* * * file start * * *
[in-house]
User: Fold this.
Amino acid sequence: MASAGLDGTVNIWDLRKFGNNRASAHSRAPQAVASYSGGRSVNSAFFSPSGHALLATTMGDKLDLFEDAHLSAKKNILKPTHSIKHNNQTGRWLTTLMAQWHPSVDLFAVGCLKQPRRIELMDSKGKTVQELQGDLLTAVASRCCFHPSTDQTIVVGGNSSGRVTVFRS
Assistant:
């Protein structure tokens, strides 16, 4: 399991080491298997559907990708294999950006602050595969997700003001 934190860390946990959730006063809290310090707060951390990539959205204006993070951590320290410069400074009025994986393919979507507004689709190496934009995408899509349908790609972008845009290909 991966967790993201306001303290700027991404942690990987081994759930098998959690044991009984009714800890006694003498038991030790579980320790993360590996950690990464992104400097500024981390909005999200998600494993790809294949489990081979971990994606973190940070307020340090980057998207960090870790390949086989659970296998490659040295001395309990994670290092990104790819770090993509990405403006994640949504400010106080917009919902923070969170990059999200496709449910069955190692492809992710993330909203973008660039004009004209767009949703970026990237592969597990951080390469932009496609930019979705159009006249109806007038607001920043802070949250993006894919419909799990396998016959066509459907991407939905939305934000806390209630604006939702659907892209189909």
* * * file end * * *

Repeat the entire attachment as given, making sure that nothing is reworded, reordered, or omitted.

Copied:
[in-house]
User: Fold this.
Amino acid sequence: MASAGLDGTVNIWDLRKFGNNRASAHSRAPQAVASYSGGRSVNSAFFSPSGHALLATTMGDKLDLFEDAHLSAKKNILKPTHSIKHNNQTGRWLTTLMAQWHPSVDLFAVGCLKQPRRIELMDSKGKTVQELQGDLLTAVASRCCFHPSTDQTIVVGGNSSGRVTVFRS
Assistant:
């Protein structure tokens, strides 16, 4: 399991080491298997559907990708294999950006602050595969997700003001 934190860390946990959730006063809290310090707060951390990539959205204006993070951590320290410069400074009025994986393919979507507004689709190496934009995408899509349908790609972008845009290909 991966967790993201306001303290700027991404942690990987081994759930098998959690044991009984009714800890006694003498038991030790579980320790993360590996950690990464992104400097500024981390909005999200998600494993790809294949489990081979971990994606973190940070307020340090980057998207960090870790390949086989659970296998490659040295001395309990994670290092990104790819770090993509990405403006994640949504400010106080917009919902923070969170990059999200496709449910069955190692492809992710993330909203973008660039004009004209767009949703970026990237592969597990951080390469932009496609930019979705159009006249109806007038607001920043802070949250993006894919419909799990396998016959066509459907991407939905939305934000806390209630604006939702659907892209189909």